It becomes more and more clear to me how much I lived in a world of my own design when I was a kid. The one year I was in junior high in L.A., I read 100 books in addition to whatever I had to read for class. Lots of Hardy Boys mysteries, lots of John R. Tunis, which was predictable for that time, but also lots of Duane Decker, who wrote about a fictional team called the Blue Sox, with Marty (Beef Trust) Blake at first base and the octopus-armed Patsy Bates (a guy, definitely a guy) at shortstop. I’m sure I read a pile of sports bios, too, you know, so I’d know the right thing to say when I was a big-league star who had his own biographer. I did a lot of dreaming like that, particularly when I was out on my paper route, riding my bike up and down those streets.
The first serious author I read-–Updike doesn’t count because “Rabbit, Run” was so far over my head-–was J.D. Salinger. No surprise there unless you consider the fact that I fancied myself more jock than anything else when I discovered him in my junior year of high school. Some seniors on the football team turned me on to “Catcher in the Rye” and I became a fan for life. The guys who told me I should read Salinger were an interesting group: one was the son of one of my future professors at Utah, another was the son of a sports columnist at the afternoon paper in Salt Lake, and I’ll be damned if I can tell you what the third kid’s father did, although he may have been an academic, too. What these guys were telling me and another friend who fell under their spell was that it was okay to nurture an intellectual streak and play sports, too. It was certainly a message no high school coach I played for was ever going to deliver.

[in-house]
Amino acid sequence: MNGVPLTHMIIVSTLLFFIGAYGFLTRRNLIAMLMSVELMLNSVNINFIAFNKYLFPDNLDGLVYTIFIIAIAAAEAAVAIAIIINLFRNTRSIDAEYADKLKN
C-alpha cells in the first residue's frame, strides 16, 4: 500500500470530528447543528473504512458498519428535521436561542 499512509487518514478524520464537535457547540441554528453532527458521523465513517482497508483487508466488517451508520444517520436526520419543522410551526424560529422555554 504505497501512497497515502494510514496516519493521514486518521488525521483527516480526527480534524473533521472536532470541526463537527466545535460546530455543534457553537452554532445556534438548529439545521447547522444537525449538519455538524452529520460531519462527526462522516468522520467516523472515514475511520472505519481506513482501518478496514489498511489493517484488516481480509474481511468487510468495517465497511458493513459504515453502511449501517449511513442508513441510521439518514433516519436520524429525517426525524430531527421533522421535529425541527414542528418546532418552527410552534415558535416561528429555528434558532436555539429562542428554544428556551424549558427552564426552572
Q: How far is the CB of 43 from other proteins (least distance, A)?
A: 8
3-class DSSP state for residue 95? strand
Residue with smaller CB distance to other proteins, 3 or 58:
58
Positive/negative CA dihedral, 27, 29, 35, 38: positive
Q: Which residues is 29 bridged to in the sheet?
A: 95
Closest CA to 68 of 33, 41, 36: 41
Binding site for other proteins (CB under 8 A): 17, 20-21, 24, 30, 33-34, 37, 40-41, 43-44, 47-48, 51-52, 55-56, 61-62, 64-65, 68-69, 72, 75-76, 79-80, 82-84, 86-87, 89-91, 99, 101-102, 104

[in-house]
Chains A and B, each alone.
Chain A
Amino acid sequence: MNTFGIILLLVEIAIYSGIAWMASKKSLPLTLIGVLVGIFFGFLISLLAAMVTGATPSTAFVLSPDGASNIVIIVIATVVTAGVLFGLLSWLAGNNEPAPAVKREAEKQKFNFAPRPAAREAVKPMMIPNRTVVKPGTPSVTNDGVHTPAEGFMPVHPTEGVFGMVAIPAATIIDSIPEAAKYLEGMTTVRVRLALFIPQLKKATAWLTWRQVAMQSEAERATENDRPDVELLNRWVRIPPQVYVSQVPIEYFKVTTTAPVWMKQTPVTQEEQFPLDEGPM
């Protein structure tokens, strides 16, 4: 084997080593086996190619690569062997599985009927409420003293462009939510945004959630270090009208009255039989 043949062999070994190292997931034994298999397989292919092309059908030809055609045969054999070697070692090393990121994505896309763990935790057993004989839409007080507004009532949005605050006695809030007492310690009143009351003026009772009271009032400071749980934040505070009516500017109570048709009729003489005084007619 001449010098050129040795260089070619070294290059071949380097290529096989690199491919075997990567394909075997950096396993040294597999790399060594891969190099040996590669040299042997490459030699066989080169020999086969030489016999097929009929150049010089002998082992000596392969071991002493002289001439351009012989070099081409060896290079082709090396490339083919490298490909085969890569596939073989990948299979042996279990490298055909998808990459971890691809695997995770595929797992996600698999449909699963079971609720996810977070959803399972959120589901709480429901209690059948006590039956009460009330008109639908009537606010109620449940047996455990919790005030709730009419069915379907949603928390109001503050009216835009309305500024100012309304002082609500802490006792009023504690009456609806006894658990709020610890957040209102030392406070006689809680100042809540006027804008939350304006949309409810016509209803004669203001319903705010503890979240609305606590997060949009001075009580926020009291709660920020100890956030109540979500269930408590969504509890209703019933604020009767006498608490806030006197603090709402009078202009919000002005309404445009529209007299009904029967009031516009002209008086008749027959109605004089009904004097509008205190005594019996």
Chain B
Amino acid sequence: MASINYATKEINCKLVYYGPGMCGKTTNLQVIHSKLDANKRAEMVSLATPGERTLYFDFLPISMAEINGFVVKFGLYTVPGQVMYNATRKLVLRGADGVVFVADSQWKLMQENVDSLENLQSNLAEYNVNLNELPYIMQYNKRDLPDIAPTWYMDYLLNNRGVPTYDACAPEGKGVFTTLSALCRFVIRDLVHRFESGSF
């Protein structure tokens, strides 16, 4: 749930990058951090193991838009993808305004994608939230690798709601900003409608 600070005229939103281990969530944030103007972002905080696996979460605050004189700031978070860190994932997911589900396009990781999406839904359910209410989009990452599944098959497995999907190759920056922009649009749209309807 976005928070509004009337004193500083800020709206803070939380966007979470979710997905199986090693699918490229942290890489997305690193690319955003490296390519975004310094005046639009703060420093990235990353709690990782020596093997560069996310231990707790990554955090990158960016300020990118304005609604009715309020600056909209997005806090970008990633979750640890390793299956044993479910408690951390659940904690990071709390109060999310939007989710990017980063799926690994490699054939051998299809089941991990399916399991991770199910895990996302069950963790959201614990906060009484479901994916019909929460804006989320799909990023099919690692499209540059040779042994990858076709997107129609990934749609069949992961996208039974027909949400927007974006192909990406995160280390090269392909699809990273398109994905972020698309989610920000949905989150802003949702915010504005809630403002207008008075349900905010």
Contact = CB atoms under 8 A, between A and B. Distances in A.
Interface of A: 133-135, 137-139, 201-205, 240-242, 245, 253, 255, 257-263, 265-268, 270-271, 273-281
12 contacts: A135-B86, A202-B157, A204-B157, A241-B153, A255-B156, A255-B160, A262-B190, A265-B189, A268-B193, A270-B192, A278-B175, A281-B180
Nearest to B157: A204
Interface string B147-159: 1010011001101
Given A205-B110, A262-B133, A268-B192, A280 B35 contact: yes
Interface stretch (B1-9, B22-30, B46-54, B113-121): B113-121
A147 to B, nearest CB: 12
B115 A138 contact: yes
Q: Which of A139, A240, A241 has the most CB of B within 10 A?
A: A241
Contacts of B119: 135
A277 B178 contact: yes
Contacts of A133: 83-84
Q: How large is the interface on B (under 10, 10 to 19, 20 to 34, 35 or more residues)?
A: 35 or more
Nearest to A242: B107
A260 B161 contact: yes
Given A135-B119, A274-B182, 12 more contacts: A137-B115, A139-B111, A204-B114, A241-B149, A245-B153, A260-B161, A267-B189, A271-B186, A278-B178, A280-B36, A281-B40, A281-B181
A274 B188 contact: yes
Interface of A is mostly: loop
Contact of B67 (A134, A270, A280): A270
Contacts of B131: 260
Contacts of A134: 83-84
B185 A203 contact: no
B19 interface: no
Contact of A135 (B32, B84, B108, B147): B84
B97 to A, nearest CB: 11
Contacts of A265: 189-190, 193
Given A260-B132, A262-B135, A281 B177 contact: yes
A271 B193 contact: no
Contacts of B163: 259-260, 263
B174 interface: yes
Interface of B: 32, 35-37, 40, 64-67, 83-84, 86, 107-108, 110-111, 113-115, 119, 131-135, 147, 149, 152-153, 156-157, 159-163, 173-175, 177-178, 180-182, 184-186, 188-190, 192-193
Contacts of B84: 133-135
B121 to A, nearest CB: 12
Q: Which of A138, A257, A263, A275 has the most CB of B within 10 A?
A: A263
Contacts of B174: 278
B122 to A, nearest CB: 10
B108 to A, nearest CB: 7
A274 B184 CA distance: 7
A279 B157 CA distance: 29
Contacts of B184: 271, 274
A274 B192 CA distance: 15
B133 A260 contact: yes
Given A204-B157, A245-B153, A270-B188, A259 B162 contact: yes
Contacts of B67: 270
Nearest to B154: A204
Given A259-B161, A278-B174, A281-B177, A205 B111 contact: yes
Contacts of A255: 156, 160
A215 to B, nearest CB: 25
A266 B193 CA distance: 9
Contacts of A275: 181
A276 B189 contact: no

As far as finding newspaper writers in Salt Lake who inspired me, fat chance. There were two editors from the Salt Lake Tribune who moved on to have splendid careers, Bob Ottum as a very stylish writer of skiing and auto racing at Sports Illustrated and Hays Gorey as a Washington correspondent for Time. (I went to high school with Gorey’s son, who always seemed incredibly grounded and preternaturally mature.) But I don’t think I ever saw their bylines in the Trib. And the sportswriters at the Trib and the Mormon Church-owned Deseret News were primarily living, breathing examples of how not to practice your craft. Once in a while, the Trib ran a Jim Murray column, but more often it relied on Arthur Daley, the New York Times snoremonger, for an out-of-town voice. That should tell you all you need to know about local tastes.